UNITED STATES of America, Appellee v. Shawn A. SOUTHERLAND, Appellant.
Police officers stopped appellant Shawn Southerland after they observed the front license plate of his vehicle on the dashboard. He was subsequently arrested after a computer check indicated that his license had been suspended. After an inventory search of the vehicle revealed a loaded handgun, he was charged with illegal possession of the handgun. He filed a motion to suppress evidence of the handgun, arguing that both the stop of his vehicle and his subsequent arrest were unlawful. The district court denied the motion. Because we conclude that the stop was proper and probable cause existed for the arrest, we affirm.
Early on an April evening in 2003 two Washington, D.C., Metropolitan Police Department (“MPD”) police officers patrolling in a police vehicle in the Northeast quadrant of the city observed a green Cadillac approaching them from the opposite direction. The officers noticed that the front license plate of the vehicle, issued by the State of Maryland, was placed on the dashboard. Believing this placement of the plate to be a violation of Maryland traffic laws, the officers stopped the vehicle. The driver and sole occupant of the vehicle was the appellant, Shawn Southerland. After receipt of his driver's license, the officers radioed the dispatcher and requested that Southerland's license number be run through the Washington Area Law Enforcement System (“WALES”). The dispatcher reported that Southerland's license had been suspended. Southerland was then arrested for operating a vehicle after suspension. Following the arrest, an inventory search of the Cadillac revealed, inter alia, a loaded .45 caliber semi-automatic handgun. The officers charged Southerland with possessing it illegally. Southerland filed a motion to suppress the evidence found at the time of his arrest, arguing that both the initial stop of his vehicle and his subsequent arrest were unlawful. The district court denied the motion. Southerland then entered a conditional plea of guilty to the firearms charge and was sentenced to 57 months in prison.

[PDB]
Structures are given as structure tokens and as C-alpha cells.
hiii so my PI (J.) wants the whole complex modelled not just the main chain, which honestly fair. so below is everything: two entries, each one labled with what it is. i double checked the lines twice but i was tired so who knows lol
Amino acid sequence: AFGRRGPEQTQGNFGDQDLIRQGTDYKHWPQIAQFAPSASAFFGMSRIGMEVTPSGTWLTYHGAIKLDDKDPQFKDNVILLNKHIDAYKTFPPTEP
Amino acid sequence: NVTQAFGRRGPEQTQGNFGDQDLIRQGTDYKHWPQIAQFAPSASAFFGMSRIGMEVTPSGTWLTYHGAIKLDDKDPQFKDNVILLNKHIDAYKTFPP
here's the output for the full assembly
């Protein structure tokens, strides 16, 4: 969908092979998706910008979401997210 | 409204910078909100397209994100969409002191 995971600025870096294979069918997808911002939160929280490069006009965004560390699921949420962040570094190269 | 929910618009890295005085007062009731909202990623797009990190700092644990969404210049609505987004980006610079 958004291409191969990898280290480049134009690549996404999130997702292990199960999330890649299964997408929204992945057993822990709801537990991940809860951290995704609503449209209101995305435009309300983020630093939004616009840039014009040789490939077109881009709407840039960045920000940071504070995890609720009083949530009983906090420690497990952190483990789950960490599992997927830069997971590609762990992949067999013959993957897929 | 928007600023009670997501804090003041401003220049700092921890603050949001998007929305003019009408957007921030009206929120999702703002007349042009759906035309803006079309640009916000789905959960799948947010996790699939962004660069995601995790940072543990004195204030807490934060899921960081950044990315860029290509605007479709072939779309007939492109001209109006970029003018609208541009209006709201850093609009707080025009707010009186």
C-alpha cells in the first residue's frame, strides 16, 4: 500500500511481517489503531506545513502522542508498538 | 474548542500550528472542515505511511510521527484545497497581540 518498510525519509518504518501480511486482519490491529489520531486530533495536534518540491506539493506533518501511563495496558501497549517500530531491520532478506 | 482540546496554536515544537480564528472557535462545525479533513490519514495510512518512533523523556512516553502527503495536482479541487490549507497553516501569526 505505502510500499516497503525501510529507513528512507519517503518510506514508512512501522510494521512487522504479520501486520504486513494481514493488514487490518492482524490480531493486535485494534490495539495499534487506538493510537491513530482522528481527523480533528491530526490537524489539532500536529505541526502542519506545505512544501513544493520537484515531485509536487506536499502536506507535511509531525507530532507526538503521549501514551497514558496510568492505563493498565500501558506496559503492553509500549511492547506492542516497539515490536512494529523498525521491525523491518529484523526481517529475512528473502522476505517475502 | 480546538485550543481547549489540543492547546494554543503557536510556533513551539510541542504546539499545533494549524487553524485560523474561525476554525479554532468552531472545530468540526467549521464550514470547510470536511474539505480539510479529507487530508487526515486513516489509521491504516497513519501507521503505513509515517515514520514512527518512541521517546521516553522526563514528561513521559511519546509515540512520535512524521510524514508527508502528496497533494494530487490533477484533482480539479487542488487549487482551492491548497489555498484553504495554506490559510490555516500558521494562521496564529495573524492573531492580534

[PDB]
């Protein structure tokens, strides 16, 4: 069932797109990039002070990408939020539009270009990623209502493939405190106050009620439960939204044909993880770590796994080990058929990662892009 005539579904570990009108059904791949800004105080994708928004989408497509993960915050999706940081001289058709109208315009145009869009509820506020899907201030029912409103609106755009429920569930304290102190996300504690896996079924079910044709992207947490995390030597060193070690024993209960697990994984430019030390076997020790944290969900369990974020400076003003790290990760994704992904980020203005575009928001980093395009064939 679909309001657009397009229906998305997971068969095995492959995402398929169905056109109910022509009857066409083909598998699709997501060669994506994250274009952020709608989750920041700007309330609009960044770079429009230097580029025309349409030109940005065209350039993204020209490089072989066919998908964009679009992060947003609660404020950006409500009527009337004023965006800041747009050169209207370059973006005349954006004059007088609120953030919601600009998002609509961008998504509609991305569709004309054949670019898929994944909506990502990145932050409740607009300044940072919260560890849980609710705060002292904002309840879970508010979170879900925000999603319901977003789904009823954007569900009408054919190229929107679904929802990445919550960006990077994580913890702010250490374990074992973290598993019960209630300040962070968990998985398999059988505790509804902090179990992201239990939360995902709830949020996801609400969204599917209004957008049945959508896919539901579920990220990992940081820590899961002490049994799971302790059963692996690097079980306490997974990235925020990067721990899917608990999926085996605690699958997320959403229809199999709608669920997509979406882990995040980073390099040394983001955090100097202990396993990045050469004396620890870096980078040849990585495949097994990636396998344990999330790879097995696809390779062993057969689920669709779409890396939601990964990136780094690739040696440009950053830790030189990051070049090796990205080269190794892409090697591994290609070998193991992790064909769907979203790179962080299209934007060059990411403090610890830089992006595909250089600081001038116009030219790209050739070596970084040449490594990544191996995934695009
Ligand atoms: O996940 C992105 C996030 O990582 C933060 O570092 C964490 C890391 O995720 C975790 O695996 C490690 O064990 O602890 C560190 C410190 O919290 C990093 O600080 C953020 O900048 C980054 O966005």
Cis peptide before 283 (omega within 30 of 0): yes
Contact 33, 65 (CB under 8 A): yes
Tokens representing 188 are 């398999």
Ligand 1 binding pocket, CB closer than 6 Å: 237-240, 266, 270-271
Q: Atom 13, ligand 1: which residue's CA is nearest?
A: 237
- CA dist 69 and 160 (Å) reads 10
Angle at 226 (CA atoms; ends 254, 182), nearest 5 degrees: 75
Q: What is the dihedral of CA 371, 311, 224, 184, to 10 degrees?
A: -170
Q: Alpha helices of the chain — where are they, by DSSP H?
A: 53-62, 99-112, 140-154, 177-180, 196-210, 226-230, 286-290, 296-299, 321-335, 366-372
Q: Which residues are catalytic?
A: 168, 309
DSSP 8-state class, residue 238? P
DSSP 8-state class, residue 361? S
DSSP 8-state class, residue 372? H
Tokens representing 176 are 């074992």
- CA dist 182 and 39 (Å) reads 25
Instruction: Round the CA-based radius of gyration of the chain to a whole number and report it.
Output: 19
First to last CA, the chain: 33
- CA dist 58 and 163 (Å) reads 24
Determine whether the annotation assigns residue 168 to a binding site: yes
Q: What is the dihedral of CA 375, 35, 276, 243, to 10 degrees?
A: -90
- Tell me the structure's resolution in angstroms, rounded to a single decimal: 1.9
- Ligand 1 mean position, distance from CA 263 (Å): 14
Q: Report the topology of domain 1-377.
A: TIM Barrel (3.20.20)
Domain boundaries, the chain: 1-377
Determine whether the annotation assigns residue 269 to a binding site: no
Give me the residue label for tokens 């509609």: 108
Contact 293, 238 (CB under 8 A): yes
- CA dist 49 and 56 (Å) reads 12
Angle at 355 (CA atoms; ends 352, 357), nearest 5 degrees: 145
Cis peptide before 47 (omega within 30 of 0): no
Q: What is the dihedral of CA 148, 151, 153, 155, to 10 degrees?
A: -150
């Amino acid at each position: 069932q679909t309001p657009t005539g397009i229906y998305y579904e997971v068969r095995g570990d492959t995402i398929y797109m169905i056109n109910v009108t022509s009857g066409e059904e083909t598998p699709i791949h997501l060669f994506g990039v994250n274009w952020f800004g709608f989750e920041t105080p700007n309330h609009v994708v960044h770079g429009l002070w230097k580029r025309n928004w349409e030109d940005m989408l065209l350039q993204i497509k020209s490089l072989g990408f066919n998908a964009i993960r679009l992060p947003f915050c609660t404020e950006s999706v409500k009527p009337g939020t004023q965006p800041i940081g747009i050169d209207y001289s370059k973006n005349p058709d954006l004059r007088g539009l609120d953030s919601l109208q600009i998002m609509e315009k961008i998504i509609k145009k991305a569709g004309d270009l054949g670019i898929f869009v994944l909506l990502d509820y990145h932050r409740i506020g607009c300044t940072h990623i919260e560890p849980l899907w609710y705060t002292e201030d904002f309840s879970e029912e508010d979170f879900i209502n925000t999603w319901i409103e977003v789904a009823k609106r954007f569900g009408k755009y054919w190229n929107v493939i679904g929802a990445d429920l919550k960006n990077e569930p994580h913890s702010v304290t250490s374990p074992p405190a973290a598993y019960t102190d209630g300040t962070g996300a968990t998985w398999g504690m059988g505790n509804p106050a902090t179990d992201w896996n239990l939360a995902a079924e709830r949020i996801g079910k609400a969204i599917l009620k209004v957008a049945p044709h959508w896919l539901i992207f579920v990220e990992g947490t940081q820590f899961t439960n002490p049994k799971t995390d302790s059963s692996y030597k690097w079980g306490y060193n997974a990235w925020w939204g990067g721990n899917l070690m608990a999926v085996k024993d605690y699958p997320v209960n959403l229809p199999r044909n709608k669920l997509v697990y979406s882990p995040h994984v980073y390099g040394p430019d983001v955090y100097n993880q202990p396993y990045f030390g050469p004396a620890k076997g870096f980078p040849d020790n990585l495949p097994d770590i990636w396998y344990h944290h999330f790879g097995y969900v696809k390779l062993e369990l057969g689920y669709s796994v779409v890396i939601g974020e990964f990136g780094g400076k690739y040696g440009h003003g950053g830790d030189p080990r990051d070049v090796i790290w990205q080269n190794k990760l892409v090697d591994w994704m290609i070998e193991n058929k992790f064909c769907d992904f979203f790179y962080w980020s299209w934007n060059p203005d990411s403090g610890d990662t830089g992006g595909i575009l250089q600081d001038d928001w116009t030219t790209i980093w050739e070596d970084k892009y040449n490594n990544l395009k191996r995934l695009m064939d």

A. The Stop